top of page


Anxiety manifests in so many sneaky ways. I could fill a CVS receipt with a list of dumb shit that could send me into a tailspin at any given time. One minute I'm walking down the street enjoying a podcast, the next minute I'm staring at an empanada stand. Then I think "empanada", and I think "party I went to twelve years ago". Then I think "party twelve years ago where Adrian made delicious empanadas but I didn't get a good base before the party so all I had were the empanadas to eat and I got too drunk in front of a bunch of co-workers and OH MY FUCK WHAT DID I SAY THAT NIGHT."

That type of shit will haunt me for hours, sometimes days. Then, like an idiot, I think COFFEE will somehow calm my nerves and absolve me of the thing I probably didn't say, in front of the people who absolutely didn't remember, who definitely also think they said something equally as stupid the same night. If alcohol is the numbing agent when feeling depressed, caffeine is the freebase for riding the anxiety high. Sometimes, I feel like I subconsciously want to pile on. Is it an exercise in self-punishment? Maybe.

Okay, jotting that down for therapy on Thursday.

Anywho, today's blog post is about doing jumping jacks in my living room and getting the broom tap from my downstairs neighbor.

Shame is a massive anxiety trigger for me. But shame has a roommate, a bestie, the Bert to his Ernie… GUILT. Ohhhhh man, it doesn't happen as often, but when it does, it comes out to Enter Sandman and sprints to the pitcher's mound.

Let me rewind to the hellish year my girlfriend and I shared in our previous apartment. I want to save the whole story for another, longer post, but the gist of it is, every excessive noise factor that you deal with when living in an apartment building, happened. And it all happened during the pandemic, when we were trapped inside all goddamn day.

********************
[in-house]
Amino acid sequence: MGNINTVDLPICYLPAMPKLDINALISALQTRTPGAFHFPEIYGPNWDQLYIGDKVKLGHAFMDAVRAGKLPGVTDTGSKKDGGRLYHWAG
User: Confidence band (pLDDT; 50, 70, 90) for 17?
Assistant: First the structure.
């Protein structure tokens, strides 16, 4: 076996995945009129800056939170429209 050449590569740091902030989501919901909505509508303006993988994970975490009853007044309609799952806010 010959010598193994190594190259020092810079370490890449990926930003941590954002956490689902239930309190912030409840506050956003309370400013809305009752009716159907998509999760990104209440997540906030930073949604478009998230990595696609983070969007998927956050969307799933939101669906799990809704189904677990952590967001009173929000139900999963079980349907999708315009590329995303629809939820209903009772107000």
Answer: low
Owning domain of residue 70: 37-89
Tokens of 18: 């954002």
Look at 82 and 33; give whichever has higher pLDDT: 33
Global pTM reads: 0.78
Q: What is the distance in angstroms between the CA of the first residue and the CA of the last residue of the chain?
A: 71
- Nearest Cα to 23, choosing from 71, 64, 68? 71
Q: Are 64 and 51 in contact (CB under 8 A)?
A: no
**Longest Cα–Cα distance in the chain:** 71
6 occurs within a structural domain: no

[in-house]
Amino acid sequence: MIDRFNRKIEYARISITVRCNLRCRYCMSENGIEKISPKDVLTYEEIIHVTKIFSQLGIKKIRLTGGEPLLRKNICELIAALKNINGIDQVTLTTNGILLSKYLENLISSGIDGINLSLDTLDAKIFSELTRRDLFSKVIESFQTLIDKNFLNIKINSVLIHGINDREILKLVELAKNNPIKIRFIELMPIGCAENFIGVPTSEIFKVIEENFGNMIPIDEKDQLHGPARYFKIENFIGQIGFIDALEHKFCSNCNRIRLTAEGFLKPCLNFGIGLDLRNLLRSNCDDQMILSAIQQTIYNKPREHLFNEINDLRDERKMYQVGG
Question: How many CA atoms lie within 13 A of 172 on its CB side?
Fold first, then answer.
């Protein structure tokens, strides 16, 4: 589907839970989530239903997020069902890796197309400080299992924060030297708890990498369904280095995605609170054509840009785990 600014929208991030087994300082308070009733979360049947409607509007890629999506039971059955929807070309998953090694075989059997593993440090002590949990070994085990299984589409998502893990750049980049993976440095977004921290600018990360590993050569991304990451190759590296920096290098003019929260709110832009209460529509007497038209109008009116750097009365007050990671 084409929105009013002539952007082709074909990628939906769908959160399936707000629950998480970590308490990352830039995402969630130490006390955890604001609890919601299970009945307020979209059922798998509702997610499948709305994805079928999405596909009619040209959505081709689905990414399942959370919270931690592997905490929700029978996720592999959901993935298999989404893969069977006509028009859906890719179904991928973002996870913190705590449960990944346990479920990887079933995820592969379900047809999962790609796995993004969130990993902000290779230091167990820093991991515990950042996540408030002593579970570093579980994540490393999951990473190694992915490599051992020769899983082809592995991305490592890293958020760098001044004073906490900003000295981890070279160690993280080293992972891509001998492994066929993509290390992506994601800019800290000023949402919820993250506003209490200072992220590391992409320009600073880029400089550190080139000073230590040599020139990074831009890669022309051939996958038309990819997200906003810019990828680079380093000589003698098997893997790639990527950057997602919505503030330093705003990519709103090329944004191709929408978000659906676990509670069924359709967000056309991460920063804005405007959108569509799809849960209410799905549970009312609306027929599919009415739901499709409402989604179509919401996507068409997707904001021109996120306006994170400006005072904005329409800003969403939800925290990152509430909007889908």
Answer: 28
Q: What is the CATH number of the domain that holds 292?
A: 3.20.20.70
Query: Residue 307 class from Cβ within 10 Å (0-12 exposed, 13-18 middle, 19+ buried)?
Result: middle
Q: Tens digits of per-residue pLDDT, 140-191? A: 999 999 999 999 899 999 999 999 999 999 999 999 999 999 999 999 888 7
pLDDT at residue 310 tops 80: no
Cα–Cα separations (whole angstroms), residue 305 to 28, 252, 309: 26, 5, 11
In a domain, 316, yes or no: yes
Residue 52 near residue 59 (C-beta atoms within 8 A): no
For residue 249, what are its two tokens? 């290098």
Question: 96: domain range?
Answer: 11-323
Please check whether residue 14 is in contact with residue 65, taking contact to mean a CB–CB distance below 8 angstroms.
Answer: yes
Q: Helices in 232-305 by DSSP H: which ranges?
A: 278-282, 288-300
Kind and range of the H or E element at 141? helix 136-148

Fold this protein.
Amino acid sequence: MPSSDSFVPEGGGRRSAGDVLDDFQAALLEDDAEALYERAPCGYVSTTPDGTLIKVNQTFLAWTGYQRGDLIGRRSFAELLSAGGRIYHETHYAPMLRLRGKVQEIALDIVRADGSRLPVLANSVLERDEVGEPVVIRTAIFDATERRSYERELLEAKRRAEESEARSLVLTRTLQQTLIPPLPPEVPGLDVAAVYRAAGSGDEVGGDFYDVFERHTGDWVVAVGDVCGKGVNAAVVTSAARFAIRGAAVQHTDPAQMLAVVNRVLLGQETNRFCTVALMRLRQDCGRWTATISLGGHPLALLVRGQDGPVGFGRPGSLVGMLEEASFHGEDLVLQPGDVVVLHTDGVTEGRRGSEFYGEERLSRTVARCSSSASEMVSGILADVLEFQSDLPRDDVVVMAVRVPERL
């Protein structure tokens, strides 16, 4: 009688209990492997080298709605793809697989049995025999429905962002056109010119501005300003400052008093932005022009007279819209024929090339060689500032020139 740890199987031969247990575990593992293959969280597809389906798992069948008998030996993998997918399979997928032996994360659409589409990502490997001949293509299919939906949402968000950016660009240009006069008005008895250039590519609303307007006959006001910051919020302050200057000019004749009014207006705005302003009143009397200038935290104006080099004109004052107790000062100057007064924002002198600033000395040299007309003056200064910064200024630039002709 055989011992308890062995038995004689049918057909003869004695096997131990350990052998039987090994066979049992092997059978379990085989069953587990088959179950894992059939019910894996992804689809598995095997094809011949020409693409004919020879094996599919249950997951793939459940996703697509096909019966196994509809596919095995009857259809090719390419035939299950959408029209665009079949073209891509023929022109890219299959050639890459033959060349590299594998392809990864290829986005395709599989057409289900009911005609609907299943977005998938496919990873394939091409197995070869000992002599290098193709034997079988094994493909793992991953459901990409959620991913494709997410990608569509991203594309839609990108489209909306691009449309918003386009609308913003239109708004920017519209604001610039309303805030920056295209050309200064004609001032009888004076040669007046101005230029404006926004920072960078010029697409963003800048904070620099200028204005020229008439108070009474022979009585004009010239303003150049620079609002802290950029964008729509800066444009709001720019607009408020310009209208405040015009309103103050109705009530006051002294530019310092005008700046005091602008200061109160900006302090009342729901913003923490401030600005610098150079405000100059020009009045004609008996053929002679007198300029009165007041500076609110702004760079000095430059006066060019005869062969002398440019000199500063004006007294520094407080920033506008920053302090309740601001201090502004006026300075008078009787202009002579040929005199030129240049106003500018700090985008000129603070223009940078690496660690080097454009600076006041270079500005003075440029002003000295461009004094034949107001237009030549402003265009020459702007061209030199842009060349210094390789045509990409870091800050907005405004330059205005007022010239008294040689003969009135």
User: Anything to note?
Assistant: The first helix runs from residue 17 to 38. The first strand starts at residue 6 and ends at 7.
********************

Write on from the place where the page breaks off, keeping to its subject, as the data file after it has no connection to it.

We had to confront a few people and make some formal complaints in our time there, but what ultimately drove us out was our upstairs neighbor. She would take phone calls all day and deep into the evening. Now, I'm a fucking loudmouth New Yorker, especially when I teach or have a few drinks in me. Being a lifelong high decibel-talker, I've had to grow accustomed to people asking me to keep it down. I don't realize that I'm doing it. It just happens. I get excited, passionate, pissed off, whatever, and the next thing I know, someone is tapping me on the shoulder, asking me to please stop yelling, this is a Barnes and Noble.

Living downstairs from this woman was like living underneath a post-game stadium interview. Imagine Michael Rappaport with a megaphone. Leslie Jones would have told her to use her indoor voice. We finally tried to address it with her, and, god damnit, she was a union delegate for nurses in a hospital. She NEEDED to take those phone calls. (Cue the opening cords of Enter Sandman). A level of grace needed to be had, for sure, but it didn't give her a free pass to scream into the phone at all hours of the night.

At first, she sounded embarrassed and remorseful. My girlfriend was the one who spoke to her first. She apologized and peppered "I've been living here for 40 years" into the conversation three or four times. She asked that we pop the ceiling with a broom if she ever got too loud again. It was fine for a few days, then it started again, at around 11 o'clock one night.